Red Wine Basics: Cabernet Sauvignon

Cabernet Sauvignon grapes. Photo taken at Skil...
Cabernet Sauvignon grapes. Photo taken at Skillogalee Winery in the Clare Valley in 2006. (Photo credit: Wikipedia)

Vintner Art
One of the best known red grape varieties on Earth, Cabernet Sauvignon boasts strong, complex flavor structures that only get better with age. Creating wine with this variety is somewhat of an art form. Soil, temperatures, growing season, maceration, aging process and duration of aging all play critical roles in determining the final result. Cab also blends extremely well with many different varieties, so the possibilities for this hardy grape go on and on! I’m still not a fan of red wines, the flavors are just too strong for me, but I’ve definitely developed a healthy respect for the creativity and skill that goes into producing red wine.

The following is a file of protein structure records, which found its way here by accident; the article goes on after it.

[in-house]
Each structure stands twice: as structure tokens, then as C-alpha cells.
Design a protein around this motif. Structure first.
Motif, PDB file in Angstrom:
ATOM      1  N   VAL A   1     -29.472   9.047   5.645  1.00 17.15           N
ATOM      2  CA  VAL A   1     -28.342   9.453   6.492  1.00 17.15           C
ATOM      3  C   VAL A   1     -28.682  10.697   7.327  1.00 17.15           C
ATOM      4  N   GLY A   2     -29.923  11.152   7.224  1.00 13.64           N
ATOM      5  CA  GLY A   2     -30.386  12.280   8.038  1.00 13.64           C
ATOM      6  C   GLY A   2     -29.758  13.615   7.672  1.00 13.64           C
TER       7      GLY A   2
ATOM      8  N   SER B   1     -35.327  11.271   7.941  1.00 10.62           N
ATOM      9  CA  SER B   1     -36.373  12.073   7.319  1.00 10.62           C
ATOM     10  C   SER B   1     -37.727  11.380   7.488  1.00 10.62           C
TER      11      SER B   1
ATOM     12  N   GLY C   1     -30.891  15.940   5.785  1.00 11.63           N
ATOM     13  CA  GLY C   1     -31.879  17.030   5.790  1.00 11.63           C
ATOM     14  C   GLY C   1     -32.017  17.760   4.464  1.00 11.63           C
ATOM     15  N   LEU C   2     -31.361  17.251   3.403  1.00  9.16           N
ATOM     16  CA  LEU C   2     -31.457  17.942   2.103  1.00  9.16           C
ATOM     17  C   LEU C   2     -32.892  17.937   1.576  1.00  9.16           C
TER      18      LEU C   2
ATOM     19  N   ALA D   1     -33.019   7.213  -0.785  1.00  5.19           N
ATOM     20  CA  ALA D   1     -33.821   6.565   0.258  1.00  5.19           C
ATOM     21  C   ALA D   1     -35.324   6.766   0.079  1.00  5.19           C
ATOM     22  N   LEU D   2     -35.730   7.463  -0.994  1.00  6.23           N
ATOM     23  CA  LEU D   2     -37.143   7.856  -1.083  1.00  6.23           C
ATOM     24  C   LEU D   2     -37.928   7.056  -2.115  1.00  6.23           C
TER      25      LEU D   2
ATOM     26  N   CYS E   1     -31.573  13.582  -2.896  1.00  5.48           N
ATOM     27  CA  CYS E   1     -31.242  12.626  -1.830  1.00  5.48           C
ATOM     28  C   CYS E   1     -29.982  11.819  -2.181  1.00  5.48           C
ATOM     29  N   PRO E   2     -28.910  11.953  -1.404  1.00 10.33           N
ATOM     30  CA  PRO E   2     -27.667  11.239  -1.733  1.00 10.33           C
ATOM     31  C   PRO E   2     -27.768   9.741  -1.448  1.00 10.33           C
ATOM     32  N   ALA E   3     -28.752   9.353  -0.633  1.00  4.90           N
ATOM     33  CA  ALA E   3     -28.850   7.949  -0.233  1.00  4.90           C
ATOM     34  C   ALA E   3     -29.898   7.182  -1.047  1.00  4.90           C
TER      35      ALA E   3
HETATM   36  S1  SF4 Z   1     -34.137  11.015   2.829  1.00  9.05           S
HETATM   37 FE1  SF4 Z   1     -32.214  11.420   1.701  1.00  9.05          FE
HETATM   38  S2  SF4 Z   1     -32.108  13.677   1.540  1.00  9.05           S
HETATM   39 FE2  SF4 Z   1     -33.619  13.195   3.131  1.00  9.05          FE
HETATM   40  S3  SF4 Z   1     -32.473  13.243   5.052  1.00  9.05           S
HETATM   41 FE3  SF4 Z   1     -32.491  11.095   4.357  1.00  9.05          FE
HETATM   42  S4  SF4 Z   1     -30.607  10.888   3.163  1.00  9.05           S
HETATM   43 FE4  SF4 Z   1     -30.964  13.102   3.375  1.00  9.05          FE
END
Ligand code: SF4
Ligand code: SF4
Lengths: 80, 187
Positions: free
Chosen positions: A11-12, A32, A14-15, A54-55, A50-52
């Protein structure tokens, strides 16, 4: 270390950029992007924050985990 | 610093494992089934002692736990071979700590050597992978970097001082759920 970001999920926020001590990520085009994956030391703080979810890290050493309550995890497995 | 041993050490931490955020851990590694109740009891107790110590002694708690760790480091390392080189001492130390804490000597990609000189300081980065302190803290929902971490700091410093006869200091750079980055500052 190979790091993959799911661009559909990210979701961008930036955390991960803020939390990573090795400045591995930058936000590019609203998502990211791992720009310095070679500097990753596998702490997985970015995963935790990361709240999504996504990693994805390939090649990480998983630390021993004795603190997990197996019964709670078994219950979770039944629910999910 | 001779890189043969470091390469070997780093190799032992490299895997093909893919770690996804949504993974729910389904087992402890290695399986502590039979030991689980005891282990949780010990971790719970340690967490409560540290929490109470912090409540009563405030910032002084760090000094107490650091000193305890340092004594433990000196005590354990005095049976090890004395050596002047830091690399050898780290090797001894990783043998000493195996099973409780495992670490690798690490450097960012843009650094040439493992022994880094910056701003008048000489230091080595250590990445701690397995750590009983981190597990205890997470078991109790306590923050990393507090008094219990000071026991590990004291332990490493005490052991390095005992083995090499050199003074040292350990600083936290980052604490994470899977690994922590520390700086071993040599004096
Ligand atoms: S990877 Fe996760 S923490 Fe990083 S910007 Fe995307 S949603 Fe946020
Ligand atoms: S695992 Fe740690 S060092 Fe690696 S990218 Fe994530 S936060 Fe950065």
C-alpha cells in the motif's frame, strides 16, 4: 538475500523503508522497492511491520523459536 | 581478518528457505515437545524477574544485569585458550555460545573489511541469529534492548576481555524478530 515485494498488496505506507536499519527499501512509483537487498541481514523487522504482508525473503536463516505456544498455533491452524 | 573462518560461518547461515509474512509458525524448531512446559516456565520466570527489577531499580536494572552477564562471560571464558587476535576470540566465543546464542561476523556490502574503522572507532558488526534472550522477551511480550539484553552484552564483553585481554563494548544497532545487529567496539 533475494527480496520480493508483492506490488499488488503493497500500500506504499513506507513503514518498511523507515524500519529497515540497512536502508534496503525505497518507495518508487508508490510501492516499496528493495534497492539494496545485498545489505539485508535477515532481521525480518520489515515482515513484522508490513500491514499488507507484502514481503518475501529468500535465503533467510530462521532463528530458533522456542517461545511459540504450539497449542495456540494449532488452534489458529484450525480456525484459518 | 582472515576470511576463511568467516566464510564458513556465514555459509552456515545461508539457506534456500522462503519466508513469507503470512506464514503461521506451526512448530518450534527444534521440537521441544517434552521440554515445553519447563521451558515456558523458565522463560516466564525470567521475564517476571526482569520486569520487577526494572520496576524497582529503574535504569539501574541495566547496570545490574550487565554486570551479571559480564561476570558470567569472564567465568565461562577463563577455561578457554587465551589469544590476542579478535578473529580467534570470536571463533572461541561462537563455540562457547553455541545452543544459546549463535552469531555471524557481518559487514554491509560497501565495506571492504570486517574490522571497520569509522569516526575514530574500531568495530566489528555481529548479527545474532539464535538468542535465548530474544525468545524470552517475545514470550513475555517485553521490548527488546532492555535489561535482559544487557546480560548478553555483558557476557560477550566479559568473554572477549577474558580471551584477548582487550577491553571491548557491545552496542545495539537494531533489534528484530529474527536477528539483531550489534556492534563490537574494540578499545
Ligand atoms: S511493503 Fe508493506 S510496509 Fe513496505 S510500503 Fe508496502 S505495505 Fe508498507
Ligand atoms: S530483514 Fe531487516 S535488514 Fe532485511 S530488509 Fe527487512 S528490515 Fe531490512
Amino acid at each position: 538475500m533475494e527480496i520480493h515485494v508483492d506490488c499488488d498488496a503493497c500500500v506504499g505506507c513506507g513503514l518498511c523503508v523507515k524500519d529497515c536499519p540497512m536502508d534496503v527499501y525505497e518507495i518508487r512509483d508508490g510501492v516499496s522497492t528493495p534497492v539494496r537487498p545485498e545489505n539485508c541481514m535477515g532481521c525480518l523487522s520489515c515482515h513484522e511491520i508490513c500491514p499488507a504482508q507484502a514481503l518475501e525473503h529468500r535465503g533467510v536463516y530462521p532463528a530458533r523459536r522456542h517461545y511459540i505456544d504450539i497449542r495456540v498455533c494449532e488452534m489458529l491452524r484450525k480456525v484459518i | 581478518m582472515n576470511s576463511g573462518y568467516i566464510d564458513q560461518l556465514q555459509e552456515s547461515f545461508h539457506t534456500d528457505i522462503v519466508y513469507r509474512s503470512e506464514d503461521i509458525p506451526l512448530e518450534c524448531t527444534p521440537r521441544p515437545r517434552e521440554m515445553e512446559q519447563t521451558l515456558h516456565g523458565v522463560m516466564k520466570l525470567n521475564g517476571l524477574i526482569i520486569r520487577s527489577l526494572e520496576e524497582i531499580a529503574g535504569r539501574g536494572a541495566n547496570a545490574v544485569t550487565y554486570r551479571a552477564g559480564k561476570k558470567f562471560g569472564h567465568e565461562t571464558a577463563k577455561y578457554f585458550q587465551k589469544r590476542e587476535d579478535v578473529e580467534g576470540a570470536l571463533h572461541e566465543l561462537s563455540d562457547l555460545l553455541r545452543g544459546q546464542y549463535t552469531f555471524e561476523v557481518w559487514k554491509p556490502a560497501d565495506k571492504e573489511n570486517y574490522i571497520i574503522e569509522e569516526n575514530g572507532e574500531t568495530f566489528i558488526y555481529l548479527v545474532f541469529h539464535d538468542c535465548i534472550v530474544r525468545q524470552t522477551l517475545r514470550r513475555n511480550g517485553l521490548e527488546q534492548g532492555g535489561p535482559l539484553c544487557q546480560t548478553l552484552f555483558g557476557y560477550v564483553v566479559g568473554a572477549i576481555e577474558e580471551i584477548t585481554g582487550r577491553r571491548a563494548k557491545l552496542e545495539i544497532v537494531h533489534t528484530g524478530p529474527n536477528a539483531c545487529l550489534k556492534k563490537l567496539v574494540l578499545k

Cabernet Sauvignon is grown in nearly every major wine producing country on the globe, with major producers including France (Bordeaux), Italy (Chianti), Spain, the U.K., many countries in Easter Europe, and several countries along the Mediterranean. The U.S. is a notable producer, with California coming in as one of the top producers world-wide. Washington and Oregon also grow a lot of Cab. South America, South Africa and Australia are up and coming producers as well.

Warm Climates